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Part 1: Setup Environment

This is Part 1 of a multi-part, self-paced quick start exercise.

What Will You Do

In part 1, you will setup the environment for use within this excercise. You will:

  • Setup RCTL
  • Create a Namespace
  • Create a WordPress workload

Once this part is complete, you will setup the resources needed to perform backup/restore operations.

Step 1: Download RCTL

The RCTL CLI allows you to programmatically interact with the controller enabling users to construct sophisticated automation workflows.

  • Login into your Org
  • Navigate to "My Tools" to download both the RCTL CLI and the "CLI Config" file
  • Initialize RCTL using the step-by-step instructions
  • Ensure you update your OS's Path environment variable for RCTL

Step 2: Create Namesapce

The test workload you will install will need a namespace. Create a namespace for the workload.

  • Ensure you are logged into the console
  • In your project, navigate to Infrastructure -> Namespaces
  • Click on "New Namespace"
  • Provide a name for the Namespace
  • Select "Wizard" for Type
  • Click "Save"

Create Namespace

  • Click "Save & Go To Placement"
  • Select one of your clusters for placement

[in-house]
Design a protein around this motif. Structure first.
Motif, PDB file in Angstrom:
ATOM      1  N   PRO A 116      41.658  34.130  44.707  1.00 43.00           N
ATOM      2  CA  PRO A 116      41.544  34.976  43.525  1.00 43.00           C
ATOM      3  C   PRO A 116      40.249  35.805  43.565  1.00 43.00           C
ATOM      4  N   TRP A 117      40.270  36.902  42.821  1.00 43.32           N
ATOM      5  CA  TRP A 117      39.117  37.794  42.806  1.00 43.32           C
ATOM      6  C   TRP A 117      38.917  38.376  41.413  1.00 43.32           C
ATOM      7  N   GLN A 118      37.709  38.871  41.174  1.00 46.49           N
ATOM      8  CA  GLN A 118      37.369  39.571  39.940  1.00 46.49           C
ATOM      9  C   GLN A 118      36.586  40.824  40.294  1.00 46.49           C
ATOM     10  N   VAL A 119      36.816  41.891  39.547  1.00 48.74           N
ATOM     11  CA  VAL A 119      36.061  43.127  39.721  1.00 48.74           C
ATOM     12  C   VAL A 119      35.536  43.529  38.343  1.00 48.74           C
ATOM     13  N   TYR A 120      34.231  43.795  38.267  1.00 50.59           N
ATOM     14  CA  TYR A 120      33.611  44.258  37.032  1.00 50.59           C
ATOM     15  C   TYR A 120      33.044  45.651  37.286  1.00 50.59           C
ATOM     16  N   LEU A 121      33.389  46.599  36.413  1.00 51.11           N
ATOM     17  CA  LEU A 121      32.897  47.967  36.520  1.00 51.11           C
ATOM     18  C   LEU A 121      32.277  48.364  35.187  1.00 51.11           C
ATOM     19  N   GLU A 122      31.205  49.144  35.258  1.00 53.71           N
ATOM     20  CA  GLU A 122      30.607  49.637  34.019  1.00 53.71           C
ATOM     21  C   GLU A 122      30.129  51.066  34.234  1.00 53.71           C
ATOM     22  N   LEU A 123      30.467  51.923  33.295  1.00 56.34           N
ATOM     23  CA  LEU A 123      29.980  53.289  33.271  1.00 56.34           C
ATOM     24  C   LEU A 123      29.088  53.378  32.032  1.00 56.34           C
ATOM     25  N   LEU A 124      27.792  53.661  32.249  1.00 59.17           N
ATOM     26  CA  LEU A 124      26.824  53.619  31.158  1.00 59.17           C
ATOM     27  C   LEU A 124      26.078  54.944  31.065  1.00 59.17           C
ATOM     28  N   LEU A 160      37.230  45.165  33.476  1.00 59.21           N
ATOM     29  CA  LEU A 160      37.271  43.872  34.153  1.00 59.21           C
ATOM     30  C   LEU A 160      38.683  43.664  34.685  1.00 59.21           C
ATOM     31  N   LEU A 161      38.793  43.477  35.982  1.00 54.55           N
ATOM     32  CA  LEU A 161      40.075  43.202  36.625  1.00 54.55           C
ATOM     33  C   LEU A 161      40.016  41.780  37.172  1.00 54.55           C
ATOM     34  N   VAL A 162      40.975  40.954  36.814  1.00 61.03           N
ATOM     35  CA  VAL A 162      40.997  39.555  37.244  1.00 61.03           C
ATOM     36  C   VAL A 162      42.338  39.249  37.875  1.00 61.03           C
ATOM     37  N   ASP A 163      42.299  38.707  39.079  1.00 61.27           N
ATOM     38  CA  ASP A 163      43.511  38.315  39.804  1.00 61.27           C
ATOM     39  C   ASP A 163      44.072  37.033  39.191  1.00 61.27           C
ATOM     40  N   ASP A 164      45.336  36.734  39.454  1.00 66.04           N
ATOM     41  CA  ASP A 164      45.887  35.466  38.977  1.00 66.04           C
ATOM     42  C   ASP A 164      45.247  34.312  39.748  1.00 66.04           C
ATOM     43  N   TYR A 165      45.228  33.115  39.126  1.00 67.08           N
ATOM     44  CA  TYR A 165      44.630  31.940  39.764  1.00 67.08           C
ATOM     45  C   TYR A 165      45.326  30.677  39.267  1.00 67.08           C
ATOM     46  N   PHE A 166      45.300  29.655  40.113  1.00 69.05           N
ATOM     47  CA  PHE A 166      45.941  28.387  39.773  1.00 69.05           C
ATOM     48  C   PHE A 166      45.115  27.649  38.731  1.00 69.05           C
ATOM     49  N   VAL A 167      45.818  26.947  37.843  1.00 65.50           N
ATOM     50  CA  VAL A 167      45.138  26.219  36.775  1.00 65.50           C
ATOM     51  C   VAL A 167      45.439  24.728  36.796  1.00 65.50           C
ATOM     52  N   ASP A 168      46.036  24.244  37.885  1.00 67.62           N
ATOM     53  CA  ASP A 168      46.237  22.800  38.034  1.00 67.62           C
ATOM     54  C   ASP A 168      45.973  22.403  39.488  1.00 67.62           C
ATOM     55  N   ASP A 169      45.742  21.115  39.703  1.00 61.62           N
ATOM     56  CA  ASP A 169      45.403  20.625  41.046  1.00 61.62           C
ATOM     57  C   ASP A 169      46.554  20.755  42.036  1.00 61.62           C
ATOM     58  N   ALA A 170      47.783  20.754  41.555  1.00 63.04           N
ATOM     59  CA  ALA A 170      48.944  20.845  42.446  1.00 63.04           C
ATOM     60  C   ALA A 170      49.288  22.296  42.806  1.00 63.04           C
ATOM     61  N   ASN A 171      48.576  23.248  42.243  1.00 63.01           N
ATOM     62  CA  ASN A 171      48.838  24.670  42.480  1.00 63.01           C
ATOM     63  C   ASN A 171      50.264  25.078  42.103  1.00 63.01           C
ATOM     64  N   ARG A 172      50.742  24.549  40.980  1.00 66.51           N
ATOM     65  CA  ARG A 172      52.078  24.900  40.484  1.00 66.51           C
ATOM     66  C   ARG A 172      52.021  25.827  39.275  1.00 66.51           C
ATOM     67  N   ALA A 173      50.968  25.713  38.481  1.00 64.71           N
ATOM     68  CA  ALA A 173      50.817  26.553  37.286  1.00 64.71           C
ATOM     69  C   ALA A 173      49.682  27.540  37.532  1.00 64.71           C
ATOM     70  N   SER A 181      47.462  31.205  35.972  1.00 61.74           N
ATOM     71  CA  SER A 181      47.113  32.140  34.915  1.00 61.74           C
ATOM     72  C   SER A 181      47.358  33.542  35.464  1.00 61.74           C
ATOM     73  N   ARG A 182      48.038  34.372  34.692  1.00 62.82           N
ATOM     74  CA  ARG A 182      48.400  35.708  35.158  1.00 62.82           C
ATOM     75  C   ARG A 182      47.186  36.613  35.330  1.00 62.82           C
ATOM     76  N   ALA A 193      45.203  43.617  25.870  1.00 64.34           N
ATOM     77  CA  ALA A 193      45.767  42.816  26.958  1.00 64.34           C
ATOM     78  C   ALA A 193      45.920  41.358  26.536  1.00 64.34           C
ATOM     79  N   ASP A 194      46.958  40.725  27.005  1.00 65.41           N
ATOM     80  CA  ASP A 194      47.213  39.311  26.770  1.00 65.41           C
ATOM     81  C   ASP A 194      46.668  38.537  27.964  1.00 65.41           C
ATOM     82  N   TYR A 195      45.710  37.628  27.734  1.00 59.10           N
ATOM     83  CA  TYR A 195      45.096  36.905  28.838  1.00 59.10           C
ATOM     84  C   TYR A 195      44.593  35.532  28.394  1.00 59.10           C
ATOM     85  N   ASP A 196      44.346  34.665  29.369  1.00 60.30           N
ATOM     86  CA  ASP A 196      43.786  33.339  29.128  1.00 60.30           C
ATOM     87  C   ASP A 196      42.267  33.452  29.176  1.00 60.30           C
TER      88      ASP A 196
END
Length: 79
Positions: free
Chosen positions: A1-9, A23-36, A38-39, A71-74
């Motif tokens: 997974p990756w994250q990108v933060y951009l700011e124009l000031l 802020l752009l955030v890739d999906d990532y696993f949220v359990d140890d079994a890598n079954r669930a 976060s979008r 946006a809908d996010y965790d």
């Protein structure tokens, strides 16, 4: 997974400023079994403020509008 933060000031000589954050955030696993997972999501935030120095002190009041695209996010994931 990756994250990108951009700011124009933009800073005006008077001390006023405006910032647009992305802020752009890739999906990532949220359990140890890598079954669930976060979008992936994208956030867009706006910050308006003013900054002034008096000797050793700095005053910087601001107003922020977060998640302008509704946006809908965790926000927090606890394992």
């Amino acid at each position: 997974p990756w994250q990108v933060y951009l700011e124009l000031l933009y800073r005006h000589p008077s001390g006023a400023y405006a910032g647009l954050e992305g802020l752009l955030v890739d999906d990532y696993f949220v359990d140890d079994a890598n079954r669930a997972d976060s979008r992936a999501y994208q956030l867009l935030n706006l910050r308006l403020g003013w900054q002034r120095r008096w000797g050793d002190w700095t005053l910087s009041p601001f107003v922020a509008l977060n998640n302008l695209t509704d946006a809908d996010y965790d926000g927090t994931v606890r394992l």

• Click "Save & Go To Publish"
  • Click "Publish"

Namespace Created

  • Click "Exit"

Step 3: Create Workload

You will now create a Wordpress workload using the Catalog. The workload will be used to demonstrate the ability to recover/move the workload with the backup/restore capabilities.

  • In your project, navigate to Catalog
  • Locate "Wordpress" in the catalog and click on it
  • Click "Create Workload"
  • Provide a name for the Workload
  • Select the previously created Namespace for the workload
  • Click "Continue"

Create Workload

  • Click "Save & Go To Placement"
  • Select the cluster where the namespace was previously applied
  • Click "Save & Go To Publish"

Workload Placement

  • Click "Publish"

This will deploy the workload on the cluster specified.

Workload Created

  • Click "Exit"

Step 4: Verify Workload

Now that the workload has been created, you can validate the workload is running.

  • Open a kubtctl prompt
  • Enter the following command
kubectl get pod -n wordpress

You should see something like the following:

NAME                        READY   STATUS    RESTARTS   AGE
wordpress-b99c6cbb5-9q66r   1/1     Running   0          3m11s
wordpress-mariadb-0         1/1     Running   0          3m11s

You can also validate the persistant volume claims are bound to the workload.

  • Enter the following command
kubectl get pvc -n wordpress

You should see something like the following:

NAMESPACE   NAME                       STATUS   VOLUME                                     CAPACITY   ACCESS MODES   STORAGECLASS   AGE
wordpress   data-wordpress-mariadb-0   Bound    pvc-dbddd868-ffa5-41a6-a944-13c2ba41f902   8Gi        RWO            gp2            102s
wordpress   wordpress                  Bound    pvc-5a3a71c4-760e-4296-b2b1-33b37fc0943f   10Gi       RWO            gp2            103s


In this part, you successfully setup RCTL and deployed a Wordpress workload to a cluster using the catalog.